New research revealing one in five older Australians is not partaking in any form of regular exercise has prompted experts to warn about the impact of little to no physical activity on bone health.
Coinciding with World Osteoporosis Day today (October 20), key findings from the Ostelin Movement Index shows Australians have limited concern for bone health with one in five (20%) claiming there are other more pressing health issues to worry about.
This is despite muscoskeletal conditions such as osteoporosis impacting double the number of Australians than cardiovascular-related conditions.
The research follows a study undertaken at Deakin University which revealed that moderate impact weight bearing activities such as step-ups, jumping side-to-side or skipping, coupled with strength and power training, effectively improve bone health and muscle strength in older adults who are at increased risk of falls and fractures.
The outcomes of the research indicate that more targeted and personalised exercise guidelines are needed for bone health, raising questions around the benefits of traditional recommendations to engage solely in lower-impact weight bearing activities like walking and swimming, Ostelin says. This is critical information for the 1.2 million Australians estimated to have osteoporosis and 6.3 million affected by low bone density.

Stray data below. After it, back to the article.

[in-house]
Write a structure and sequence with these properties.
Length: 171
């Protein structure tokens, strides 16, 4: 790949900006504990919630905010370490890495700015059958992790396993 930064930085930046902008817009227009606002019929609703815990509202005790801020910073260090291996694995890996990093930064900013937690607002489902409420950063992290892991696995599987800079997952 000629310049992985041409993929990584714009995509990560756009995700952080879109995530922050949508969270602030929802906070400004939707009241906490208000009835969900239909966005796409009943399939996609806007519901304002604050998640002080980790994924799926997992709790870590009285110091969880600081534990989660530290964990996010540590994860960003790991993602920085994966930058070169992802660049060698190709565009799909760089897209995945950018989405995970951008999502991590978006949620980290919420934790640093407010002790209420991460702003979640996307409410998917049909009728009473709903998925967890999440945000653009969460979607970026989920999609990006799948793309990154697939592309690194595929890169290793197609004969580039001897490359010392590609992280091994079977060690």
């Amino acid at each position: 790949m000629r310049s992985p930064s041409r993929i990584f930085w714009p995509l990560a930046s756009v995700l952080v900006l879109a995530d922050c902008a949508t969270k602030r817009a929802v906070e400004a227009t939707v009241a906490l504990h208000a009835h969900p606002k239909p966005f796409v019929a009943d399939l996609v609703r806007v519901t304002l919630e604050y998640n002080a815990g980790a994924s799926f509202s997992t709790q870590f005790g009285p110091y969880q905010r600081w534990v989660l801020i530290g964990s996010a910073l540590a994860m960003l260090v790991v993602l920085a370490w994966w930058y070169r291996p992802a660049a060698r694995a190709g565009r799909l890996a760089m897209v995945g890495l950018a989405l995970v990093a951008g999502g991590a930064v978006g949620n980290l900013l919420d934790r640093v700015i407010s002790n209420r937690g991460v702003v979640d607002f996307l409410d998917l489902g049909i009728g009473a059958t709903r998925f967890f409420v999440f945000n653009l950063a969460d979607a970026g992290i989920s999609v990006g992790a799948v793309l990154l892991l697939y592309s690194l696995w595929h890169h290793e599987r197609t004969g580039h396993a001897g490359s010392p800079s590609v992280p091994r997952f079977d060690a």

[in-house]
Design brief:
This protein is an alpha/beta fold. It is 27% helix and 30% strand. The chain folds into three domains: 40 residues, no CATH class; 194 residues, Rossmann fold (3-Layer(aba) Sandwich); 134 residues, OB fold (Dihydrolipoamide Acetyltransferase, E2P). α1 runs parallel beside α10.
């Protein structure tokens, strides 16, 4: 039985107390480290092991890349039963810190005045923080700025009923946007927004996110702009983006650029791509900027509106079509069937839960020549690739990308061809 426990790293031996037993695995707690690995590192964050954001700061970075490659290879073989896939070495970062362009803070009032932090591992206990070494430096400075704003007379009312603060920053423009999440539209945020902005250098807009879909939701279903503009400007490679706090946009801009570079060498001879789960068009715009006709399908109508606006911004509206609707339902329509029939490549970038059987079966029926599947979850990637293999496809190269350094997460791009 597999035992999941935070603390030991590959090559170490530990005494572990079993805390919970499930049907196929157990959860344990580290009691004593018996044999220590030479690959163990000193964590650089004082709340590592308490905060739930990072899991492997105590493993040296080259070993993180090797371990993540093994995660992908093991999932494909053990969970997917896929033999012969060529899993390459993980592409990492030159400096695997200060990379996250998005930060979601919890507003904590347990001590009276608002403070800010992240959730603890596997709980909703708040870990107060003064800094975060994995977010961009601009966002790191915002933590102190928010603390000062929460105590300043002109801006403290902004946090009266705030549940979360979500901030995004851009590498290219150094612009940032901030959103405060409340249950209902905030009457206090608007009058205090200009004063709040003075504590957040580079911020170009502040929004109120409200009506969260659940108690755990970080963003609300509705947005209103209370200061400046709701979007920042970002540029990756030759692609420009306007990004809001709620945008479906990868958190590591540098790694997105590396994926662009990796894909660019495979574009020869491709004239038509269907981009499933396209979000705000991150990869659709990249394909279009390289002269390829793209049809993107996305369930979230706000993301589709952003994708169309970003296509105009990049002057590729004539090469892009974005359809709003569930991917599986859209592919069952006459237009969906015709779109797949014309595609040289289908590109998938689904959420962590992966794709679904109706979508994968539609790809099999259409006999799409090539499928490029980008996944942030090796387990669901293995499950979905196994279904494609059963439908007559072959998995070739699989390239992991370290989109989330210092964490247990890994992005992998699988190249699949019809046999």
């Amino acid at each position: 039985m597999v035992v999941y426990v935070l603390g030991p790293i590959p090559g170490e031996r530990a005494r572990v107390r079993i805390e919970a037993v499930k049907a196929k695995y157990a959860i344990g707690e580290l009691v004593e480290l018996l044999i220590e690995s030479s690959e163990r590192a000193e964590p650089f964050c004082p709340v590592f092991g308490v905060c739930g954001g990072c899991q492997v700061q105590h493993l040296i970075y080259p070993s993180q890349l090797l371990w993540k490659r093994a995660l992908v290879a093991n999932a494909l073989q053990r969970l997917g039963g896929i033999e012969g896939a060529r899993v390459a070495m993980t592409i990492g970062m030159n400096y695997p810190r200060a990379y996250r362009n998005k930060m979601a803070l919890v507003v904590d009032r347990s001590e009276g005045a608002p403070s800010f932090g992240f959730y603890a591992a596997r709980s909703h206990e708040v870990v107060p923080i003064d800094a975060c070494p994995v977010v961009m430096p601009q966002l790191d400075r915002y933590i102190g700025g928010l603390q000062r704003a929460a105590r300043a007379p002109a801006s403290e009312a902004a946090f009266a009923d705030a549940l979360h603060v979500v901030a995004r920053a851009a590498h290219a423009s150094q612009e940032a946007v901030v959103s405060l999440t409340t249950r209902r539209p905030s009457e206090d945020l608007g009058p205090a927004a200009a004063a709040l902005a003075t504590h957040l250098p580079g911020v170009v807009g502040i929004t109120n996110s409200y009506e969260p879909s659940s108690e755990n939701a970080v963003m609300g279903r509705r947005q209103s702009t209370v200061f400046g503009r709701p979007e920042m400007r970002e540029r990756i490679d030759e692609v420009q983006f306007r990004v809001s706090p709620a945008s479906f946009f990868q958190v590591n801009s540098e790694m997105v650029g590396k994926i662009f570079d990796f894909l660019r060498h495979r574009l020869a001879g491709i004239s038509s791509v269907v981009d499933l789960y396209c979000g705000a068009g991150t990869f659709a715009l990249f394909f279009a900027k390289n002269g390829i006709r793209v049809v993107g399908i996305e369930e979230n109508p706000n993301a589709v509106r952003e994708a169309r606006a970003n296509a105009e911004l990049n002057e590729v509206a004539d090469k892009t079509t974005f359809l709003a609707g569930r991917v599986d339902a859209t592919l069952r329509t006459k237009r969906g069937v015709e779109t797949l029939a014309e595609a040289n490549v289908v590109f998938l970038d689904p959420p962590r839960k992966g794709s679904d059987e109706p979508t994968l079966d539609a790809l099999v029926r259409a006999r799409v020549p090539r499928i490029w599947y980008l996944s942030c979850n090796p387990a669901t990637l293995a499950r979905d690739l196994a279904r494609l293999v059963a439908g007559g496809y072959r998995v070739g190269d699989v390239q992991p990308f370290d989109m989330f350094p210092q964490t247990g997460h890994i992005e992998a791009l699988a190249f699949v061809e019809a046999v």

However, this new position on exercise has caused some confusion for consumers and sufferers alike with few aware of what they should be doing in order to promote stronger bones, says Ostelin.
Despite 75% of Australians saying they are now aware of the link between vitamin D and bone health, less than one in five (17%) knows what type of exercises they should be doing to maintain strong bones.
Professor Robin Daly, who led the Deakin University research team, says both pieces of research highlight the need for further education around the important link between exercise and bone health.
“While any form of physical activity is better than none for improving overall health, not all exercise is equal when it comes to stronger bones,” he says.
“Contrary to popular belief, walking alone offers little osteogenic benefits and promoting an increase in muscle power—or the ability to produce force rapidly—has emerged as a more crucial variable than simply trying to gain muscle strength or mass as we age.
“Essentially, this means that exercise programs incorporating a diverse range of weight bearing activities in combination with higher speed strength training are likely to be more effective in slowing bone deterioration and improving functional performance like speed and mobility.”
Prof Daly saysthat while osteoporosis is a significant health problem, in some cases it can be prevented by simple lifestyle changes including exercise and exposure to sunlight.
“It’s imperative that we act now to raise greater awareness of the seriousness of the condition which impacts millions of Australians and reinforce the simple steps we all can take encourage proactive bone health management,” he says.